Vitamins and Minerals. The body stores many nutrients to be used as needed. But the body does not store certain vitamins, such as vitamin C, thiamin, riboflavin, niacin, and other B vitamins, as well as zinc. Therefore, children need to eat foods containing these vitamins every day, as well as foods with the mineral zinc. Vitamin A is very important for growing children. It is needed for building body cells, bone growth, healthy teeth, vision in dim light, and healthy mucous membranes in the digestive tract, nose, and mouth. Vitamin A-rich food should be served daily.
Children need calcium because their bones and teeth are forming. Children who don?t like milk should be encouraged to eat foods made with milk, such as creamed soup, as well as other dairy products, such as yogurt and cheese. To increase the amount of calcium the body absorbs, make sure children get plenty of vitamin D. Serve milk fortified with vitamin D or foods rich in vitamin D, such as liver and eggs.
Iron. Some experts are beginning to think that many serious health problems, such as heart disease and cancer, are related to what we eat. Because we develop our eating habits in childhood, it makes sense to start children out right. The single most common nutritional problem in babies and preschoolers is a lack of iron. Sometimes it?s hard to pinpoint anemia without a lab test, but anemic children are often pale, listless, irritable, and have little energy or appetite.
You can help prevent anemia by feeding children iron-rich foods such as red meats, fish, poultry, leafy green vegetables like spinach and mustard greens, raisins and prunes, iron-enriched breads and cereals, dry beans and peas, and egg yolks. You can increase the iron the body absorbs from non-meat foods by eating food rich in vitamin C. For example, drinking orange juice helps the body absorb the iron in eggs. On the other hand, you can decrease iron absorption by drinking tea, coffee, or a soft drink containing caffeine during the meal or up to an hour afterward.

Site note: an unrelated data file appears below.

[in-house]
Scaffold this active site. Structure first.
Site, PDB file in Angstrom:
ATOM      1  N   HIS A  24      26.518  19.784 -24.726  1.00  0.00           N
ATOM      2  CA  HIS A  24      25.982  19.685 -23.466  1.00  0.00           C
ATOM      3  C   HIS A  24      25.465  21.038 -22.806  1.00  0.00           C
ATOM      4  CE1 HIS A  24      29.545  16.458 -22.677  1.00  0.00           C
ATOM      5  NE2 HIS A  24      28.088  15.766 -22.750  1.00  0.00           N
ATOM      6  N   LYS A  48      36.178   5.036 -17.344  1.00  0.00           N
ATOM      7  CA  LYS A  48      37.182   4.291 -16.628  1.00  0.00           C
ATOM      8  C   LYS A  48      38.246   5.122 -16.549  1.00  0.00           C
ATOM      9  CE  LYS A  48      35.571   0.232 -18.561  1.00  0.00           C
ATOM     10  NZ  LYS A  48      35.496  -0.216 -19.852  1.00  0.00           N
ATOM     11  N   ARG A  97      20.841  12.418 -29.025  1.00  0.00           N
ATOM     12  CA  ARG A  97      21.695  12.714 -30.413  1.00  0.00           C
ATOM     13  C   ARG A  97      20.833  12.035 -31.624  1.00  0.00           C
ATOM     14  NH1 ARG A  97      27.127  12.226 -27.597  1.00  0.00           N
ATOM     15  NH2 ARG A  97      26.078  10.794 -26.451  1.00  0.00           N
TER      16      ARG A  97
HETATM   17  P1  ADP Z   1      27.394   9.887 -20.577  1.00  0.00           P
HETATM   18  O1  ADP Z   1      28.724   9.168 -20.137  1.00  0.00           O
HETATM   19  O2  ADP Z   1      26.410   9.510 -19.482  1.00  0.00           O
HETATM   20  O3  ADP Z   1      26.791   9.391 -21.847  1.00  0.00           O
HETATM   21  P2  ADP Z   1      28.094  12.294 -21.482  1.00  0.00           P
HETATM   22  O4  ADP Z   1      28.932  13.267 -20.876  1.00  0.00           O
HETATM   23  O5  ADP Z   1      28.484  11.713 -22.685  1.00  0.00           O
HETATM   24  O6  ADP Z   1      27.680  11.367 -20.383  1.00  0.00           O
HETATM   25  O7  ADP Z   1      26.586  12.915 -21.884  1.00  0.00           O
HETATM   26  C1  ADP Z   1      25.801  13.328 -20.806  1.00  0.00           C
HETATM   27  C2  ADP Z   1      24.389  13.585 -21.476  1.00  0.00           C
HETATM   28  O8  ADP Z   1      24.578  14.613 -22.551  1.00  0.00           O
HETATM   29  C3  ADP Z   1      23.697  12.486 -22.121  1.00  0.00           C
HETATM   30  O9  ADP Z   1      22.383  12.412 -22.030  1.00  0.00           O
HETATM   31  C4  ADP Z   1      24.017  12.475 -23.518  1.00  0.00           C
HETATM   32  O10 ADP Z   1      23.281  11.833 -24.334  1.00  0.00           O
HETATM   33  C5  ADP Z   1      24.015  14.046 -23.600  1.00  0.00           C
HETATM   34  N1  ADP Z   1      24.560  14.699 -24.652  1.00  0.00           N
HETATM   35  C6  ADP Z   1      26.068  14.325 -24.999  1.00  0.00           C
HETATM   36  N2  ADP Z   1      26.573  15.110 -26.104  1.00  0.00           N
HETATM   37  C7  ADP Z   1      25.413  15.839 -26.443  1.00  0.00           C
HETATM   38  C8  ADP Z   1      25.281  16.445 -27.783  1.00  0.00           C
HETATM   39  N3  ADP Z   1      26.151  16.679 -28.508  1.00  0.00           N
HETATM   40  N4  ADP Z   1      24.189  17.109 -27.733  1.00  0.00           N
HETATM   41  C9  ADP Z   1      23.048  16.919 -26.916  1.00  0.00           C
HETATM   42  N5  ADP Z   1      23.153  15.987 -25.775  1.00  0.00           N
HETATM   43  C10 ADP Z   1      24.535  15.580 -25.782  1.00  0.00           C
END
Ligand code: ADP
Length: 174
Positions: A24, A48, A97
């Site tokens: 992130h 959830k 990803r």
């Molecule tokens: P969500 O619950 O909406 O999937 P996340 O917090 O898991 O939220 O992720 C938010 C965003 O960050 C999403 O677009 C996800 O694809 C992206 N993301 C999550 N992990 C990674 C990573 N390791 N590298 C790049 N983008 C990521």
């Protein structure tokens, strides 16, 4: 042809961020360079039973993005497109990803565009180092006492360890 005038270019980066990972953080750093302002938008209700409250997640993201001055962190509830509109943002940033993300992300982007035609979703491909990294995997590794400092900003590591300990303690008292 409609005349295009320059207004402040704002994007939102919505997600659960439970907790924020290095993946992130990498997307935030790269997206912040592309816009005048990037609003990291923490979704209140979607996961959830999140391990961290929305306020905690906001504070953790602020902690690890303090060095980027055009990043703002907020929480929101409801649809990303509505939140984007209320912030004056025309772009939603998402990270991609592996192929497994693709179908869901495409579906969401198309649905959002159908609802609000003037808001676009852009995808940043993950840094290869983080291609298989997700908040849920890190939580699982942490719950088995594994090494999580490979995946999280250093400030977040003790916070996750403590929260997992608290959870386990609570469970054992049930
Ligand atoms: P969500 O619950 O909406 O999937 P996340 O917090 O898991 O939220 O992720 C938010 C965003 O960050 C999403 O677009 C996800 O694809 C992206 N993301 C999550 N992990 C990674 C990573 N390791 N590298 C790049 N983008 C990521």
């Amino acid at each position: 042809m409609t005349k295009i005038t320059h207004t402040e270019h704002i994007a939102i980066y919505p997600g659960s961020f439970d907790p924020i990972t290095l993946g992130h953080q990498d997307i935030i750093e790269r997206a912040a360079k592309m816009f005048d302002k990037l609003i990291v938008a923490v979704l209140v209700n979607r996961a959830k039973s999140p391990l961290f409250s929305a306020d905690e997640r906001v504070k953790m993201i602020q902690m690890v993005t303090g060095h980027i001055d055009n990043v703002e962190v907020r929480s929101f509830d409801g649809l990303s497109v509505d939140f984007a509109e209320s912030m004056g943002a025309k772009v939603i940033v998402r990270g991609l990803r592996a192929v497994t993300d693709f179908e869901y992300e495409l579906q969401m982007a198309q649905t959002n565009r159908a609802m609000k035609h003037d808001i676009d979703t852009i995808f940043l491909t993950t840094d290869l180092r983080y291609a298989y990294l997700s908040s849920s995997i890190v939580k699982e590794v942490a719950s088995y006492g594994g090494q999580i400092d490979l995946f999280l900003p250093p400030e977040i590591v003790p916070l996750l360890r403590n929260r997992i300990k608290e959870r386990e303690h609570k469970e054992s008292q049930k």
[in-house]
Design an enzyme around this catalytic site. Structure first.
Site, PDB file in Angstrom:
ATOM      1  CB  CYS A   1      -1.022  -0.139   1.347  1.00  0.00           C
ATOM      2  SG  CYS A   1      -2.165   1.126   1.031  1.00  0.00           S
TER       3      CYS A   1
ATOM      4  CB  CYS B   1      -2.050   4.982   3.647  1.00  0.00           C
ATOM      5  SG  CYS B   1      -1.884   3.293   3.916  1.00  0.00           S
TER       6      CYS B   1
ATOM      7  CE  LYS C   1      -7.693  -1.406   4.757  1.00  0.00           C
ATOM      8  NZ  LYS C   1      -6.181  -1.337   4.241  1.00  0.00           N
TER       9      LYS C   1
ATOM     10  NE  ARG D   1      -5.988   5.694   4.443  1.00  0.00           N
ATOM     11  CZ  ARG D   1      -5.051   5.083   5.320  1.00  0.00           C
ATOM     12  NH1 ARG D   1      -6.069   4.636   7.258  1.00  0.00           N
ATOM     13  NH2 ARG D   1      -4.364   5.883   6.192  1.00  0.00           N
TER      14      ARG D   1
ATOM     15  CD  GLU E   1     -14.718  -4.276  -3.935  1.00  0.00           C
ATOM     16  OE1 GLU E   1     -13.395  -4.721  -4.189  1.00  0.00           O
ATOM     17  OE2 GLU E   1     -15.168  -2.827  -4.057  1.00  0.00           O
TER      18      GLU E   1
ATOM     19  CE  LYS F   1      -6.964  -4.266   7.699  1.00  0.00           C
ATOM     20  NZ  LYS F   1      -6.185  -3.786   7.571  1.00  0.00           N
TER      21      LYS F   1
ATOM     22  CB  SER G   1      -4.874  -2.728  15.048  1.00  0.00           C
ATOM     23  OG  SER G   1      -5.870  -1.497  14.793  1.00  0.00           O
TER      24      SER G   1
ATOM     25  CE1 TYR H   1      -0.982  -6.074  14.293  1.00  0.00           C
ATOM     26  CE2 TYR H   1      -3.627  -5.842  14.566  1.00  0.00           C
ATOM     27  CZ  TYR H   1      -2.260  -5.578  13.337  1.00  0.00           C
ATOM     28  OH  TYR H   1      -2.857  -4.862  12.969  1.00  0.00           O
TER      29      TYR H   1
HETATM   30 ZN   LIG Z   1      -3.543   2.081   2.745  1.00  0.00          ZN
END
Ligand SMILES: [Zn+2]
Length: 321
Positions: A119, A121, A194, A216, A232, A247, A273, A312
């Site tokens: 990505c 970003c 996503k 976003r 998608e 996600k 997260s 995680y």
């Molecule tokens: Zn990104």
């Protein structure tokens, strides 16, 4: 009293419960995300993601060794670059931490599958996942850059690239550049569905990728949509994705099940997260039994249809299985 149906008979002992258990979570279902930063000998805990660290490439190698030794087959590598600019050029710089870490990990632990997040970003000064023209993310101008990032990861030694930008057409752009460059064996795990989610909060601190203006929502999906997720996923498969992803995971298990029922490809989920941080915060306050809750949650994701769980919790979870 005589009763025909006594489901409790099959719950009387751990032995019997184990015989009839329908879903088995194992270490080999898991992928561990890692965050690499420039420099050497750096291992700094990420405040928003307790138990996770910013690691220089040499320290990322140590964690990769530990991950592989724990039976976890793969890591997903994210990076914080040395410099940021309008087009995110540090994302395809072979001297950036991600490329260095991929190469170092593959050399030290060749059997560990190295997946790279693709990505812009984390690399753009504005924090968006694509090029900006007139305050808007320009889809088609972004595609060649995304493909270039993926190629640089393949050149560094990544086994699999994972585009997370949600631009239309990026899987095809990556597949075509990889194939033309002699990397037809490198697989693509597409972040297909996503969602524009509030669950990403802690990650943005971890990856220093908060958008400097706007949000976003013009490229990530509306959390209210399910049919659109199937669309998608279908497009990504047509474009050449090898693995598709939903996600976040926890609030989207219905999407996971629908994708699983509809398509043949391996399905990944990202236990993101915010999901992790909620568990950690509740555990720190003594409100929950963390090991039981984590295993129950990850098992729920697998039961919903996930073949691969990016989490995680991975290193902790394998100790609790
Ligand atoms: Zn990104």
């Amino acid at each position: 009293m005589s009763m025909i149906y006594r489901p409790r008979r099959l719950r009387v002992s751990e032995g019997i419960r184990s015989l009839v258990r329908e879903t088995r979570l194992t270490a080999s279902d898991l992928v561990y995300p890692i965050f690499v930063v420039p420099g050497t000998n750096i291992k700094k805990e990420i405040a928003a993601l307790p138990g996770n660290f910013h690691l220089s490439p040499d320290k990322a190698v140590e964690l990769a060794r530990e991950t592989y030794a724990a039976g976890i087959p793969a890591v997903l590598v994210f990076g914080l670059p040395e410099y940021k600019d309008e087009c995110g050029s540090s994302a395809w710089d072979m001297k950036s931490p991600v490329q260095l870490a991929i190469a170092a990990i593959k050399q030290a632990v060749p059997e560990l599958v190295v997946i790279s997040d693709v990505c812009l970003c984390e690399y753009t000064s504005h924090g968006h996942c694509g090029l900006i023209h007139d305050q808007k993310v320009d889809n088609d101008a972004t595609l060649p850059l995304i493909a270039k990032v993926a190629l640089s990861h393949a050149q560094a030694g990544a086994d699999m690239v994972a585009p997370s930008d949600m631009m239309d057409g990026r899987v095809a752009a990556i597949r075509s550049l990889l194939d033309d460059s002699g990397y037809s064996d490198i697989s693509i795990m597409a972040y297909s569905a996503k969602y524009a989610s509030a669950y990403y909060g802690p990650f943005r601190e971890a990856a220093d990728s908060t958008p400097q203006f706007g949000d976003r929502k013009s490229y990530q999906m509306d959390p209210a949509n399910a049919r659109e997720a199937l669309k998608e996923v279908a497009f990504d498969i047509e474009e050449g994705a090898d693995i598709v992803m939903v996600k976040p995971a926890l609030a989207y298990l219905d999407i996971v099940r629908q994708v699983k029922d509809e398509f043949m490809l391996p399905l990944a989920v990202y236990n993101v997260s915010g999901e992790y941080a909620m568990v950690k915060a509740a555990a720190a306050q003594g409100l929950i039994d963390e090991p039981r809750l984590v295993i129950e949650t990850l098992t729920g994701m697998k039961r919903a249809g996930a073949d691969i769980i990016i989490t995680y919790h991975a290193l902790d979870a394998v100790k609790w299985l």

Fats and Sweets. Many Americans eat too many sweets and foods high in fat. Fats are naturally present in some foods, such as fatty meat, nuts, whole milk, and cheeses; we cannot avoid fats. However, we often add fats and oils in cooking, such as in fried foods, pastries, gravies, and salad dressings. Many recipes offer ideas for preparing delicious foods with less added fat.
The amount of energy a food supplies is measured in calories. Fat gives more than twice as much energy as the same amount of carbohydrate or protein. One gram of carbohydrate, for example, gives you four calories, but a gram of fat gives you nine. It is important to note, however, that infants and toddlers do need a certain amount of fat in their diets, and it is unwise to use such things as low-fat milk and other low-fat products prior to their second birthday. In fact, limiting the child?s fat intake can actually impair the child?s development.
Sugars and most sweets don?t offer much more than calories. They are often a favorite with young children who will want to fill up on sweets rather than nutritious foods. So, go easy on candy, pies, cakes, pastries, and most cookies. Look for cookie recipes that offer more than empty calories. For example, oatmeal cookies with wheat germ added have a sweet flavor and offer more beneficial nutrients and less empty calories than simple butter cookies.
Water. One important, and often ignored nutrient, is water. It accounts for more than half the body?s weight. Water serves as a lubricant in the body, helps remove waste, and regulates body temperature. Make sure the children in your care have access to plenty of water, particularly on those hot days when they play outside.